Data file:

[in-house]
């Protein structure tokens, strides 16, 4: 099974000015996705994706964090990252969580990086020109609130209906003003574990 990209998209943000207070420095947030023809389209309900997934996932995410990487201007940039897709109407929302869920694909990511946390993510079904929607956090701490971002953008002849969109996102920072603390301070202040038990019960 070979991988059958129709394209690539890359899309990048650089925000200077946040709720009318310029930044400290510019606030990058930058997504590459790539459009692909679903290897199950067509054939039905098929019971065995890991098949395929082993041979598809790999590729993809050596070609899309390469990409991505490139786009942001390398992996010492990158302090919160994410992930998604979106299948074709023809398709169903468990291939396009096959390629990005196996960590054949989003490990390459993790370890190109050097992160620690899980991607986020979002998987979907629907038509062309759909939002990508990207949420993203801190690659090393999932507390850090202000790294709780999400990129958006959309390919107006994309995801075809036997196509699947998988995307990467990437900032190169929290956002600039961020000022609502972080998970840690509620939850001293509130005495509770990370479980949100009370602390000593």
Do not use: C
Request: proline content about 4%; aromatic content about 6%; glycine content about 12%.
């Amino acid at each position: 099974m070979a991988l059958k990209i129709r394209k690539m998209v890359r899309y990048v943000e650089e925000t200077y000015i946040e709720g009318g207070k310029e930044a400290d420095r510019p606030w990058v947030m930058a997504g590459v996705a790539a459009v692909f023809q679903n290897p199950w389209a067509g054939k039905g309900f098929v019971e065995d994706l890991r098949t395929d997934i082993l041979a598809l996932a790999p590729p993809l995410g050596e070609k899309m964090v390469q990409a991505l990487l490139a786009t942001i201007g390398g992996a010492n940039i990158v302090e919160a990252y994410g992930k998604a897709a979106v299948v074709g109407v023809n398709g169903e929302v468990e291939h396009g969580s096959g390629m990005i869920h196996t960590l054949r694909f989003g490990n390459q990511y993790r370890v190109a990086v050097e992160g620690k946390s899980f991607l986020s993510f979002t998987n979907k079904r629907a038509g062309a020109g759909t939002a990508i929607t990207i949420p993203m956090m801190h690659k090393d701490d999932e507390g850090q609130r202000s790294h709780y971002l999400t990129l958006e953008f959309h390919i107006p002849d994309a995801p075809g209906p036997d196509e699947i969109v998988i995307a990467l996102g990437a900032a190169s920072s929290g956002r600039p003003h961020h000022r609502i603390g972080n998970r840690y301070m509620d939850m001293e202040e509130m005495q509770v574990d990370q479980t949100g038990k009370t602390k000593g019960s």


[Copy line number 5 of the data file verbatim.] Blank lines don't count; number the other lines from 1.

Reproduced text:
């Amino acid at each position: 099974m070979a991988l059958k990209i129709r394209k690539m998209v890359r899309y990048v943000e650089e925000t200077y000015i946040e709720g009318g207070k310029e930044a400290d420095r510019p606030w990058v947030m930058a997504g590459v996705a790539a459009v692909f023809q679903n290897p199950w389209a067509g054939k039905g309900f098929v019971e065995d994706l890991r098949t395929d997934i082993l041979a598809l996932a790999p590729p993809l995410g050596e070609k899309m964090v390469q990409a991505l990487l490139a786009t942001i201007g390398g992996a010492n940039i990158v302090e919160a990252y994410g992930k998604a897709a979106v299948v074709g109407v023809n398709g169903e929302v468990e291939h396009g969580s096959g390629m990005i869920h196996t960590l054949r694909f989003g490990n390459q990511y993790r370890v190109a990086v050097e992160g620690k946390s899980f991607l986020s993510f979002t998987n979907k079904r629907a038509g062309a020109g759909t939002a990508i929607t990207i949420p993203m956090m801190h690659k090393d701490d999932e507390g850090q609130r202000s790294h709780y971002l999400t990129l958006e953008f959309h390919i107006p002849d994309a995801p075809g209906p036997d196509e699947i969109v998988i995307a990467l996102g990437a900032a190169s920072s929290g956002r600039p003003h961020h000022r609502i603390g972080n998970r840690y301070m509620d939850m001293e202040e509130m005495q509770v574990d990370q479980t949100g038990k009370t602390k000593g019960s």